FOURty Seconds with Edward Kwon

22 Nov 2017
3 min read
Edward Young-min Kwon is a South Korean celebrity chef who has made a mission for himself to globalize Korean cuisine. FOUR finds out more…

What/Who inspired you to become a chef?

 This is a difficult question! When I was young, I actually wanted to be a priest. I come from a religious family, and was the only male grandchild. When my grandmother found out I wanted to be a priest, she was distraught. It meant the end of our family line! I gave up that dream for this reason. I lost my path for a while, and became a server in a small, local restaurant. I took the opportunity to work in their kitchen because it paid $20 more a month. With $20 at that time in Korea, you could by ten CDs! Working in the kitchen inspired me to attend hotel culinary school after my military service. The rest, they say, is history!


What is your culinary philosophy?

Respect. Always respect the ingredients, respect customers, and respect colleagues. If respect at the restaurant is not present, guests will feel it. Dishes are a way of communicating between chef and customer. Every single step of its preparation and service should be respected.


What does the ‘art of plating’ mean to you?

I think a chef is a combination of a technician and an artist. In Korea, there is a saying that, directly translated, means ‘If you look at the food beautifully, then it will taste beautiful.’ Having a great first impression of a dish raises your expectations. This is true not just for plating, but for the restaurant interior, the attitude of the servers, everything. The art of plating is one part of the restaurant experience.


How do you try to translate your philosophy onto the plate?

I always focus on telling the story of the food. I want my food to be both beautifully presented, but also have meaning. Beauty on its own is not interesting. All of my dishes contain four elements – saltiness, sweetness, bitterness, and sourness. Added to this, is texture. Each ingredient is selected for a purpose. It is the server’s job to explain why we use this ingredient or that ingredient, or why the dish has been presented in such a way. This helps each customer to truly understand the philosophy behind the dish.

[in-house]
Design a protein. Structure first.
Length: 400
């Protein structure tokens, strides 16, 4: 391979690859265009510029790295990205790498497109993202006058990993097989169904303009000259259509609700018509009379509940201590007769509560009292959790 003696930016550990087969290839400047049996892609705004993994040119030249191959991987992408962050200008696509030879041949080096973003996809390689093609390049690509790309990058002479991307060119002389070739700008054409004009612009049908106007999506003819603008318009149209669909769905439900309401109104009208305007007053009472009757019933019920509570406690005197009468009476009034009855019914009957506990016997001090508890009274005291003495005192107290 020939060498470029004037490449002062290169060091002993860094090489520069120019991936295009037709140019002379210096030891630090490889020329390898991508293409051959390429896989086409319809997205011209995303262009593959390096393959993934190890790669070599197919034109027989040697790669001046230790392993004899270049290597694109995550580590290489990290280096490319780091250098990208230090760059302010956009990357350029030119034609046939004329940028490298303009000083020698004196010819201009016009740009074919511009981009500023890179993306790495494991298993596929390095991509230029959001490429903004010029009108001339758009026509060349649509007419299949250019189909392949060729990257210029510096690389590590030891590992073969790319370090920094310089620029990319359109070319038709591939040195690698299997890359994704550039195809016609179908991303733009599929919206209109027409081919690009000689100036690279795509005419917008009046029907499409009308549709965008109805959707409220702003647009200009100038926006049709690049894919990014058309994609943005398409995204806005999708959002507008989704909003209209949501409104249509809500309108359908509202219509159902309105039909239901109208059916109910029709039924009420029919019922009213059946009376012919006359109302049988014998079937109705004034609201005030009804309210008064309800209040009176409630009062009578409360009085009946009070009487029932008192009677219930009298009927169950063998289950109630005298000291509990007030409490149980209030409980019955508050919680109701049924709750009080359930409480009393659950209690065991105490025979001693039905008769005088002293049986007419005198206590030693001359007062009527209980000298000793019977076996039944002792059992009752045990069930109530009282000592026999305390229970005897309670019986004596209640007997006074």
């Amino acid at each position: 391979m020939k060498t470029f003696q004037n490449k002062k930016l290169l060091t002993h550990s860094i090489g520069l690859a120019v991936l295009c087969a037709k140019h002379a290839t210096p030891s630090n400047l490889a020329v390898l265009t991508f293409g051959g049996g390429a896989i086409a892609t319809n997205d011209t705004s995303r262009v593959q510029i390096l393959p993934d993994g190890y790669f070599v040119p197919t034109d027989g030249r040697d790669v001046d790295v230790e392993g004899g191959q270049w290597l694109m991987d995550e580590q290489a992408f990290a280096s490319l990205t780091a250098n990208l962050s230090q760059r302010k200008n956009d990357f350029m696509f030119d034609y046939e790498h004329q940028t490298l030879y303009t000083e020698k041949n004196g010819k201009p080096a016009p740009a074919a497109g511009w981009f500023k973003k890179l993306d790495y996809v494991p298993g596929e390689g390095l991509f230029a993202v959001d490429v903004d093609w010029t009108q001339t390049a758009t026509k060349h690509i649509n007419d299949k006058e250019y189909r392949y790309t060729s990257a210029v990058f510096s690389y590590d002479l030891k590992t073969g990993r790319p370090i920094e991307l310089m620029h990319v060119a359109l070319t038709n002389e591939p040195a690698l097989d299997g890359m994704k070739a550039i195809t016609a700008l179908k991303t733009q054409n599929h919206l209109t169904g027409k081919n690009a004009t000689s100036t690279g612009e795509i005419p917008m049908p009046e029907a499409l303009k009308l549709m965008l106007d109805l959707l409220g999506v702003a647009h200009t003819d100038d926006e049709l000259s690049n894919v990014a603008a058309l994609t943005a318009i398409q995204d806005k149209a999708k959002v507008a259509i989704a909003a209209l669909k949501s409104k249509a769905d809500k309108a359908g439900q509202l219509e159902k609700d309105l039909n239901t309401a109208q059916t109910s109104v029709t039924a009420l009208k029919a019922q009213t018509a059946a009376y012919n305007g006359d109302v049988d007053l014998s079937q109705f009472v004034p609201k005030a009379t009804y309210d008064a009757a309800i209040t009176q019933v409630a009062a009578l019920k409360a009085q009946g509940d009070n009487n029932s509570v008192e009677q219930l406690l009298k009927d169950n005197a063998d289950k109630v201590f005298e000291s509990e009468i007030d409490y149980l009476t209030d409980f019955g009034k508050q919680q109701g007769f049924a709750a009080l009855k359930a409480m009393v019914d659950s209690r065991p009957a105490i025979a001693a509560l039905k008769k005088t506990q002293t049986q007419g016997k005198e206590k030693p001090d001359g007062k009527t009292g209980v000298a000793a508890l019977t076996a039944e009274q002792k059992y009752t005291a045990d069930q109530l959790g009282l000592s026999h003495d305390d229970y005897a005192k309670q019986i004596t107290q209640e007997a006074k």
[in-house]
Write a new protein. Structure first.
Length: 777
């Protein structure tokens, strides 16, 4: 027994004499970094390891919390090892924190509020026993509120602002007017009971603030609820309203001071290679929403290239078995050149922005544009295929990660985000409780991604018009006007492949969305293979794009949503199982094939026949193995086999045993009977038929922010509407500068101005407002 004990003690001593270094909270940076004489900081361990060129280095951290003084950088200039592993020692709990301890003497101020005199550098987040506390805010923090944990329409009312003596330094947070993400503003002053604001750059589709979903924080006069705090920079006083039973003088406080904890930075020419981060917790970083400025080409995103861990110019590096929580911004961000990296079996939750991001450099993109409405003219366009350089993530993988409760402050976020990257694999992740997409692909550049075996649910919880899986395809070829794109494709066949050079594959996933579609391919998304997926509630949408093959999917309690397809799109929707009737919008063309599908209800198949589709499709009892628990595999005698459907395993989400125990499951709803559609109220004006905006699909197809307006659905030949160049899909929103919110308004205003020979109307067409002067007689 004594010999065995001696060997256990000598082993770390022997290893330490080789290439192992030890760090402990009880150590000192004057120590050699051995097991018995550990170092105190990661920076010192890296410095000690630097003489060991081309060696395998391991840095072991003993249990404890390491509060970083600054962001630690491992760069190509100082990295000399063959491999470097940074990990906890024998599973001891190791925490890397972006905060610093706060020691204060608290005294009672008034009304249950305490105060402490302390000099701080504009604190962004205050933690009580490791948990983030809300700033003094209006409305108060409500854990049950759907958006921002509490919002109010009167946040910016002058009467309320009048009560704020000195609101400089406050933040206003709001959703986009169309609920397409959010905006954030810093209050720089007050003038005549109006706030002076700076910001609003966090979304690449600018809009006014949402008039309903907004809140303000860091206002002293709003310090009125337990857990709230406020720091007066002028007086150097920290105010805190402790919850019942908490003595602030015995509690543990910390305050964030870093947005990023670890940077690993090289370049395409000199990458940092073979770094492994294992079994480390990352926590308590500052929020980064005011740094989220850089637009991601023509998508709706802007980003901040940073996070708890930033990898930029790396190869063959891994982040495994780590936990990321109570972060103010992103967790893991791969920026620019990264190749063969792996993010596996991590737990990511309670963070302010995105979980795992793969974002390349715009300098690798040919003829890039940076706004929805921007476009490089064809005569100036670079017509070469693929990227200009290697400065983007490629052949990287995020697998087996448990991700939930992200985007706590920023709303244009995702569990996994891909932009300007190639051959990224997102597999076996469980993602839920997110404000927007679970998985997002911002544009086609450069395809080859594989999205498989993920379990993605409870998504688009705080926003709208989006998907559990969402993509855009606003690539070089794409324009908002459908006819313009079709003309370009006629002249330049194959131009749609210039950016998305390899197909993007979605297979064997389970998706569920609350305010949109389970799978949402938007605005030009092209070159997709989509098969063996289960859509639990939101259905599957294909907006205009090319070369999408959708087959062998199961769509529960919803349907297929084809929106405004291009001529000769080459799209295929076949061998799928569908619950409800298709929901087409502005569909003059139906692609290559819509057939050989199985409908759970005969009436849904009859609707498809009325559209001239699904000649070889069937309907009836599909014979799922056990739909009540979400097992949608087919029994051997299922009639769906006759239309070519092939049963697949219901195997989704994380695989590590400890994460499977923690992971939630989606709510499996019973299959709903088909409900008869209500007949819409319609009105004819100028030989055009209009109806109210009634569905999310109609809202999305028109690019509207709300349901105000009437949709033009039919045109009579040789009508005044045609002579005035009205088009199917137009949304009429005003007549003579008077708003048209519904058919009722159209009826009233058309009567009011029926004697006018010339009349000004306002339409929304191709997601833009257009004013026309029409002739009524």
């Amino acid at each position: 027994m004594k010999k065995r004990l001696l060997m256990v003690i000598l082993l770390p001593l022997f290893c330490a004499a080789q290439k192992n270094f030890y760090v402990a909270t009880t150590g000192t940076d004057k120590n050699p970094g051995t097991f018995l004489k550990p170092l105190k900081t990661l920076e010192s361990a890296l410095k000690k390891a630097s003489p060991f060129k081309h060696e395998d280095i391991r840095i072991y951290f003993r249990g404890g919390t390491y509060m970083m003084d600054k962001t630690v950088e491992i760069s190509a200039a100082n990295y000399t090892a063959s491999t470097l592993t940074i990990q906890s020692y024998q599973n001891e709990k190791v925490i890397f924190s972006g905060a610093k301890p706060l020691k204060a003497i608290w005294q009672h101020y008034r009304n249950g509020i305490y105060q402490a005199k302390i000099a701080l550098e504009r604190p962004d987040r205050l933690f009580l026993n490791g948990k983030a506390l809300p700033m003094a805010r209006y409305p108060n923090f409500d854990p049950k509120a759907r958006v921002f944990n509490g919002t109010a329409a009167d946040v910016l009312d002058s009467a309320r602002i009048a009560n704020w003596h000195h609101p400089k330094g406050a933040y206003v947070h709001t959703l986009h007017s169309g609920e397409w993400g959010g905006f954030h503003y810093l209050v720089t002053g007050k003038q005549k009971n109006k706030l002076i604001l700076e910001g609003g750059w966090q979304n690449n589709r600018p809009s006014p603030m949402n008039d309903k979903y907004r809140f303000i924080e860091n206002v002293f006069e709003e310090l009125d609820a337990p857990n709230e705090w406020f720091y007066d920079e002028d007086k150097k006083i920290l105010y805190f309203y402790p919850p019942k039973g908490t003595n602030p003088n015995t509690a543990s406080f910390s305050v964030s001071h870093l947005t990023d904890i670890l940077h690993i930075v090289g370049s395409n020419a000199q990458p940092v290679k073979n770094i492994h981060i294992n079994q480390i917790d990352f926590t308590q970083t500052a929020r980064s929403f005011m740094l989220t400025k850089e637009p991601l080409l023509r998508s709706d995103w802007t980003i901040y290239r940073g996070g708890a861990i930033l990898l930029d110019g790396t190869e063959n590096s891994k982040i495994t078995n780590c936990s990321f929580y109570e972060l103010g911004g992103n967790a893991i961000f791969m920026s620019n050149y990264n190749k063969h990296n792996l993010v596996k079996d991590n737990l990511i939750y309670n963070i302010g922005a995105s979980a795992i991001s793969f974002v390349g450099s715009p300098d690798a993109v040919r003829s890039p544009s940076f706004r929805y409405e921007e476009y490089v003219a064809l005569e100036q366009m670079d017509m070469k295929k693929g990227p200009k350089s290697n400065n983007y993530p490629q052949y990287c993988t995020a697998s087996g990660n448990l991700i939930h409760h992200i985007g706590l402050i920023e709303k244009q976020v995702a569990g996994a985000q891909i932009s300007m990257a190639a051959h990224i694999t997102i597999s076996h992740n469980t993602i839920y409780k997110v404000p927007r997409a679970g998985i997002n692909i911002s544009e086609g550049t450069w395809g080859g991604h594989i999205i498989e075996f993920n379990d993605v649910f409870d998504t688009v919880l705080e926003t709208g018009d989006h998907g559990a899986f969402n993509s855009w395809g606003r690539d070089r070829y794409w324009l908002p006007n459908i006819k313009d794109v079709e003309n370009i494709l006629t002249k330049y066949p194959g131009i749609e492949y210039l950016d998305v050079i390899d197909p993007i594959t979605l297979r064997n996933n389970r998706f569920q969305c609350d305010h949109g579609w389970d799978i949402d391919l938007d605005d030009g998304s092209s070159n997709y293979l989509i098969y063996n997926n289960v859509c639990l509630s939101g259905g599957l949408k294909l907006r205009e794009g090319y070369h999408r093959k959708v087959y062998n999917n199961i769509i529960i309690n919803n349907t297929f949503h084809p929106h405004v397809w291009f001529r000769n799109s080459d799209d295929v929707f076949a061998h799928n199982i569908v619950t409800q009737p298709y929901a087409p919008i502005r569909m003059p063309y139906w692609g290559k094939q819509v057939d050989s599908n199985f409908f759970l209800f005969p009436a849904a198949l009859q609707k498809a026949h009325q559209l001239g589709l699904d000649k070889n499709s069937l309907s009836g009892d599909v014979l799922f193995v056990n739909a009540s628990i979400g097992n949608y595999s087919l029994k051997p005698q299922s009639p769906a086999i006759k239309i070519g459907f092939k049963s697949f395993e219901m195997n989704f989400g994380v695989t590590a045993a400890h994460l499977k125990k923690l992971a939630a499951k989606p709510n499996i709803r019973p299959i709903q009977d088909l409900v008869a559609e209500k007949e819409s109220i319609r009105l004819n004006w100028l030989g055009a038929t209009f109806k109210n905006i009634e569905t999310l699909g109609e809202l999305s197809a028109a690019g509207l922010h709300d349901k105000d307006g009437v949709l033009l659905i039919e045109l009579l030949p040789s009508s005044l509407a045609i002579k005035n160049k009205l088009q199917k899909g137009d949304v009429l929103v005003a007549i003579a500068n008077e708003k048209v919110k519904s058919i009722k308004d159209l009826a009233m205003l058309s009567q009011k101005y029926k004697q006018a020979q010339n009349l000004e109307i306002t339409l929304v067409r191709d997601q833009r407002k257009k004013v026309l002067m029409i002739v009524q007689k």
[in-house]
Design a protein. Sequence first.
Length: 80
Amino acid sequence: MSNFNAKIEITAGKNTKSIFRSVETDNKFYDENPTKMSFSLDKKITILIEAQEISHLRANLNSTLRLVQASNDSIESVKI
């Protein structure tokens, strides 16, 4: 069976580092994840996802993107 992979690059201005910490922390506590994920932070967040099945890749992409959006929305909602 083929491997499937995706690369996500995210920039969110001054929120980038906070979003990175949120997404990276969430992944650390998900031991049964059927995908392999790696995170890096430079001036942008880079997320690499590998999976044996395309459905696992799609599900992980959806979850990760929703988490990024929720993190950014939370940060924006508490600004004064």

Can you explain to us how the creative journey of your dishes begin?

The first step is going to the market to source seasonal products. The creative journey actually starts with me looking at what is accessible, what has value, and what will be approachable for guests. I put all factors together like a puzzle. Once I have an idea for a dish that satisfies these conditions, I check that it hasn’t been offered elsewhere. Then I push ahead with its creation.

Although creativity is important, I also believe that it is my job to help establish a thriving food culture. There must be a demand, and this comes from offering food that is accessible for customers. Even at a five-star hotel, my lunch course starts at $45. Sometimes students come to my restaurant with their laptops to take notes on my new menu. It feels good to be contributing to the market. It shows growth. It helps create value.


Do you have a particular dish that was a favourite to create?

I have a love-hate relationship with my truffle soup. I’ve wanted to take it out from the menu several times but received too many objections! I guess my strongest point is also my weakest point. We chefs have to give the customers what they want. It makes me happy and sad at the same time!


What would you say has been the most memorable moment in your culinary career so far?

For me, every single moment is memorable. A lot of chefs will agree. We live in hell and heaven. Every single meal period, one customer will take to you heaven, and another customer will take you to hell. If you enjoy challenge or a thrill, adrenaline, risk, being a chef is the perfect job! Any one weak link can ruin everything.


Is there a dish of another chef that you feel is iconic and why?

It’s not a dish, but one of the most memorable meals of my life was at a small, local Iranian restaurant in Dubai, in the Emirates mall. I can’t remember the name. I ordered the mezze, and it came with free pitta bread. I was so blown away, that I kept ordering more of this free bread to eat with it. I must have had ten pittas. I was full before my main course. I could see the look on the server’s face – “What is this small Asian guy eating all this bread for??” I don’t think they were happy!


Whose restaurant would you most like to eat at and why?

I would love to revisit Guy Savoy in Paris. I ate there in 2002 and 2006. It was the best French restaurant experience I’ve ever had. I cannot really describe it. I had the duck dish with orange sauce reduction, and it was incredible. The skin was perfectly cooked, and the meat just amazingly juicy. I’ve eaten at many Peking duck restaurants in China, but this was incomparable. I could eat it every single day.